Addiction, Sleep Disorders Go Hand-in-Hand

Saturday's symposium about links between sleep disorders and addiction drew a standing-room-only crowd, as well as many questions during a discussion period.

Saturday’s symposium about links between sleep disorders and addiction drew a standing-room-only crowd, as well as many questions during a discussion period.

Addiction and sleep disorders form an uneasy partnership, an observation shared by of one of the speakers during symposium “Sleep and Addiction: Understanding the Problem and the Need to Act.”

“It is almost unheard of for us to see patients who come in for addiction treatment who do not have sleep problems,” said Michael Varenbut, M.D., FASAM, Assistant Clinical Professor of Sleep Medicine, University of Toronto. “We all as a group do a fairly poor job of diagnosing and treating sleep problems.”

He recommended adhering to a plan of action when patients present with a complaint of insomnia, rather than just writing a prescription for a drug. A study conducted 10 years ago showed that primary care physicians asked only 2.2 questions of their patients before prescribing a sedative narcotic, in contrast to the 45 minutes it takes to perform a proper sleep assessment.

Dr. Varenbut suggested a sleep assessment package that would involve such things as intake questionnaires, sleep diaries, and screenings. The first take-home pearl he suggested is not to prescribe medications for insomnia, followed by another pearl that insomnia is not a diagnosis but rather a symptom. A particularly important pearl is to screen everyone for sleep apnea.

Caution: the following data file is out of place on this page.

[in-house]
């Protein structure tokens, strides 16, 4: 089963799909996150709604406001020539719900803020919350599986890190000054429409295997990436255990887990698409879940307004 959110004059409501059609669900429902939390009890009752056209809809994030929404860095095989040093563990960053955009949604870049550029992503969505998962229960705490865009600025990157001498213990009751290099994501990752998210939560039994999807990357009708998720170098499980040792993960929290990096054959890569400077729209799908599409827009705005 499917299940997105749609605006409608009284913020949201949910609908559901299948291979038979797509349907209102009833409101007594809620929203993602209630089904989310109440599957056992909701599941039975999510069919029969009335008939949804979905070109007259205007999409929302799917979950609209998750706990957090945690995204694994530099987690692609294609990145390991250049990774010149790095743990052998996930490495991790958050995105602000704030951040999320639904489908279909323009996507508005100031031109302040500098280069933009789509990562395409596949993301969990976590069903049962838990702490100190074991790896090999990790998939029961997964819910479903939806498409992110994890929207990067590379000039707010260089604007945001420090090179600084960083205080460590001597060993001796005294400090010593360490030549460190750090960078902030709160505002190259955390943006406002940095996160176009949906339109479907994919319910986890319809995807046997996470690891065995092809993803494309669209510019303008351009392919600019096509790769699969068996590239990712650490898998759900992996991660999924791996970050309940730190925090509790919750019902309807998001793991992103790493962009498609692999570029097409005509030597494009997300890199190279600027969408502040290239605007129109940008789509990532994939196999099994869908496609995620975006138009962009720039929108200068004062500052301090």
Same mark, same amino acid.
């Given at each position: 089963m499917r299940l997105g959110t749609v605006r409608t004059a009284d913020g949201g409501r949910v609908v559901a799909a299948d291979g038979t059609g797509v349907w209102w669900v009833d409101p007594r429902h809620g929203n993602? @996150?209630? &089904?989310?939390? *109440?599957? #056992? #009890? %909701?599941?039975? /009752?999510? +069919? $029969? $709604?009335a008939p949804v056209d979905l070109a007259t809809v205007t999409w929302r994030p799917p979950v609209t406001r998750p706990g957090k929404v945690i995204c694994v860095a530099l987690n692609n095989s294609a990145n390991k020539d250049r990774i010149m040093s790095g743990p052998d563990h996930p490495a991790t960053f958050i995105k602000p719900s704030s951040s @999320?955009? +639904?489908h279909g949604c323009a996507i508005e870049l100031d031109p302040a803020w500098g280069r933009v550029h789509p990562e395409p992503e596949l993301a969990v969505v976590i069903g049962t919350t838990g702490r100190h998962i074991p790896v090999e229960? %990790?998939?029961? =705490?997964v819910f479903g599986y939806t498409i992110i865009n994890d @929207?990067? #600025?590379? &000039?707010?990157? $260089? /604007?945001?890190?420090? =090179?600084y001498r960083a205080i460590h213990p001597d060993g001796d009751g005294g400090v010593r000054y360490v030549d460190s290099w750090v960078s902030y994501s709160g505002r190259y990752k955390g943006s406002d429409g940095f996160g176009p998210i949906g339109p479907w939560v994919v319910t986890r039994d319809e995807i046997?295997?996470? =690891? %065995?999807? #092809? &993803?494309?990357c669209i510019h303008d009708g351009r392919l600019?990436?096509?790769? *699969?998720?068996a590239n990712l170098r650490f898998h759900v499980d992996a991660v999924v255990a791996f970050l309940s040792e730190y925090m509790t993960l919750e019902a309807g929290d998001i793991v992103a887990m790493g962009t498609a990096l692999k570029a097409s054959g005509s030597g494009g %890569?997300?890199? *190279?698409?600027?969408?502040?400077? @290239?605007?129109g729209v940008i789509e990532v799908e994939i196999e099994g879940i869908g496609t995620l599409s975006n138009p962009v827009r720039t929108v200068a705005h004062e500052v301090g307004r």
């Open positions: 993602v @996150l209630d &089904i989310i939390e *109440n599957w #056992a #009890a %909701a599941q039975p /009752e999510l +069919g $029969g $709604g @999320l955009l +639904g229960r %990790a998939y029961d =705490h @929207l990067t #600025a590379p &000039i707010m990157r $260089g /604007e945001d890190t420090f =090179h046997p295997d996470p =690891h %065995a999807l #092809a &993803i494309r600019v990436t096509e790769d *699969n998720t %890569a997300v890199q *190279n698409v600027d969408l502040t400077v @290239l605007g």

“When patients are referred to us in the sleep disorder center with substance disorders, the No. 1 diagnosis that comes back is sleep apnea,” he said.

It’s equally important to get to the bottom of insomnia: What are the insomnia symptoms? What is causing it? Which type is it? Dr. Varenbut said that the International Classification of Sleep Disorders shows more than 100 sleep diagnoses. At least 50 percent have insomnia as a cardinal feature.

An insomnia diagnosis requires associated daytime dysfunction. If the patient is not suffering during the daytime because of their sleep, there’s no need to treat it, he said. Insomnia is primarily diagnosed through clinical evaluation, not sleep studies. A sleep history should include specific insomnia complaints: initiation insomnia (getting to sleep), maintenance insomnia (staying asleep) or terminal insomnia (waking early).

At least 50 percent of those who come to the sleep disorders lab with a diagnosis of insomnia will have another co-morbid condition, most often another psychiatric diagnosis, such as anxiety or depression. It’s also important to learn about sleep-wake patterns and other sleep symptoms like snoring. Furthermore, all substances of abuse affect sleep.

“There’s no point in us trying to fix their sleep problem while they are actively using,” Dr. Varenbut said.

Conrad Iber, M.D., Director of Pulmonary and Critical Care Medicine, Hennepin County Medical Center, Minneapolis, reported on substances and sleep interactions. One interaction that might be over-rated is central sleep apnea and opiates, he noted.

“The population I see more commonly as a burden is an intersection between obesity, sleep apnea, and narcotic use, which I see as a major problem,” Dr. Iber said. “There are tremendous interactions between insomnia and alcohol, narcotics, and benzodiazepenes. The interaction between the diagnosis of hypersomnias and stimulant abuse is something I see commonly as well.”